You're algorithm doesn't compute x^y.
Get out a piece of paper and "execute" the code as if you were the computer (pick some sample inputs):
ex. mantissa = 4, exponent = 3
4^3 = 64
for(int i=0; (mantissa*mantissa) < exponent; i++)
exponent=exponent + i;
1. initialize i = 0
2. 4 * 4 = 16
3. exponent = 3
4. 16 < 3?
5. false, exit the for loop
answer = mantissa*mantissa;
System.out.println("Result is " + answer);
6. answer = 4 * 4 = 16
7. Print out "result is 16"
Re-visit your pseudo-code and make sure that that is correct.
As far as I can tell, your code at best will give you mantissa^2, and at worst will keep you stuck indefinately inside the for-loop (well, not really indefinately, integers wrap around at 2^31 so eventually your code will stop and give you mantissa^2)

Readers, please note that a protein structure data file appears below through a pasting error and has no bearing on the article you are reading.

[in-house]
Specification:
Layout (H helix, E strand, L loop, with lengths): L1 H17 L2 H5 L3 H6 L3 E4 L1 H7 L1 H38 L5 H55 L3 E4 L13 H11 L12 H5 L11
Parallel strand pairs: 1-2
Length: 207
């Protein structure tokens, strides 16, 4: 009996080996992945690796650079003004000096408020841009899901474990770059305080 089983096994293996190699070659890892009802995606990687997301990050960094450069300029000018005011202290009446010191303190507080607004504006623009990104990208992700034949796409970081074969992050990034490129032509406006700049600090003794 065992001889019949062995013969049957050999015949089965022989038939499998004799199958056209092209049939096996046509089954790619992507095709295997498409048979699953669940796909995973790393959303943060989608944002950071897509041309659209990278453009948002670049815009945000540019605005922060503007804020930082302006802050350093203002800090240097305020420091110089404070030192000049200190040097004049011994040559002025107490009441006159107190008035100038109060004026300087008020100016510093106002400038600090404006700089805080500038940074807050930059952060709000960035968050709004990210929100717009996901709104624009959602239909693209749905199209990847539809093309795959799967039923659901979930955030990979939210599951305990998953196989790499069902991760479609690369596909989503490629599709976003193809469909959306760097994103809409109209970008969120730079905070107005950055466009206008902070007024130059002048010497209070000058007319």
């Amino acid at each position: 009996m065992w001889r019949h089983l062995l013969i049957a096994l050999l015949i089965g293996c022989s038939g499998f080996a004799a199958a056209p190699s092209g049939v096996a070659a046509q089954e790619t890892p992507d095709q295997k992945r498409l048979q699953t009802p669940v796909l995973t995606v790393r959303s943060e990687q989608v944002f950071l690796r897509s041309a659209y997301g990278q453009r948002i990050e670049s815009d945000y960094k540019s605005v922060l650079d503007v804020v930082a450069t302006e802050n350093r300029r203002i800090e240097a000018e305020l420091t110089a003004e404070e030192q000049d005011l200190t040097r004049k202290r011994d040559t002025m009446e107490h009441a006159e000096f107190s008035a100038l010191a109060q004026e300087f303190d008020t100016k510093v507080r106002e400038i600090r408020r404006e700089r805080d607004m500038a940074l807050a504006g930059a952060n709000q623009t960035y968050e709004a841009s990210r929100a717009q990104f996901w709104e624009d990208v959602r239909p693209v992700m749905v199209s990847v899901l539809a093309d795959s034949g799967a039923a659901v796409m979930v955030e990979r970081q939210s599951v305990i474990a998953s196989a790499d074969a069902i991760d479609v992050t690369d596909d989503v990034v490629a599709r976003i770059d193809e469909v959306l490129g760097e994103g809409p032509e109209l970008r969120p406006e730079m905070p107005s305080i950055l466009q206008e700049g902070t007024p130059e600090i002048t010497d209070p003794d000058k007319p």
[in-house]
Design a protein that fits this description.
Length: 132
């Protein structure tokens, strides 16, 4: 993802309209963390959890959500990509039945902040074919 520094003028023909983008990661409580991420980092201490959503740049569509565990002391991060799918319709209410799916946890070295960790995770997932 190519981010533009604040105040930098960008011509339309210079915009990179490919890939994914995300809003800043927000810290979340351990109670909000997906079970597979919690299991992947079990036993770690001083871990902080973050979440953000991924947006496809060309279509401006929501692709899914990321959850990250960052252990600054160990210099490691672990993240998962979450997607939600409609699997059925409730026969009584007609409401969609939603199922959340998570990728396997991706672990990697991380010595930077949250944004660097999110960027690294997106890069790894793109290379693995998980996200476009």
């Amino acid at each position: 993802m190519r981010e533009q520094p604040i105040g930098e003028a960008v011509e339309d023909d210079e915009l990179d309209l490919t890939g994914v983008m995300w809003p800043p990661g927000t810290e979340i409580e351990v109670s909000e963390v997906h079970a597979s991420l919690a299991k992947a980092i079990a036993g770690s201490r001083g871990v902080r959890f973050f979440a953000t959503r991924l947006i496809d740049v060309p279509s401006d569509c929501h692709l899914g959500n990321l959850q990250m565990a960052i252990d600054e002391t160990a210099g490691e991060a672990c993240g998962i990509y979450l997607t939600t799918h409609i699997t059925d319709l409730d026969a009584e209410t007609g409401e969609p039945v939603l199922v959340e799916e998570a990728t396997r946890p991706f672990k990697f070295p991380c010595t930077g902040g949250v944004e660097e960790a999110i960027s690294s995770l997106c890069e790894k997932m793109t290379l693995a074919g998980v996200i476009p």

public power(int num, int power)
if (power == 0 && num!=0)
num2 = 1;
else if (power == 1)
num2 = num;
else if (1 < power)
num2 = num * power(num, power -1);
else if(0 > power)
num2 = 1/power(num, - power);
This isn't quite correct (for various reasons).
1. This isn't proper Java syntax (no return type, num2 is never declared).
2. 0^0 = 1. In your code, as far as I can work out it's un-determined
3. Try running power(2,-1). You'll get a rather interesting result (correct result = 0.5). I actually can't think of a case off the top of my head where this code would give you correct results.
4. No non-integer inputs for power (or number, but this is easier to fix than non-integer powers), i.e. power(2.5, -1.346)
5. (minor issue) Assuming this code did actually work, this gives an O(n) solution at best (I didn't perform a thourough analysis, but it can only be worse). The best solution for computing x^y is O(1) (granted, there is a bit of "cheating" by using logarithm tables)
6. We're here to help people find the answers to their problems, not give the answer to them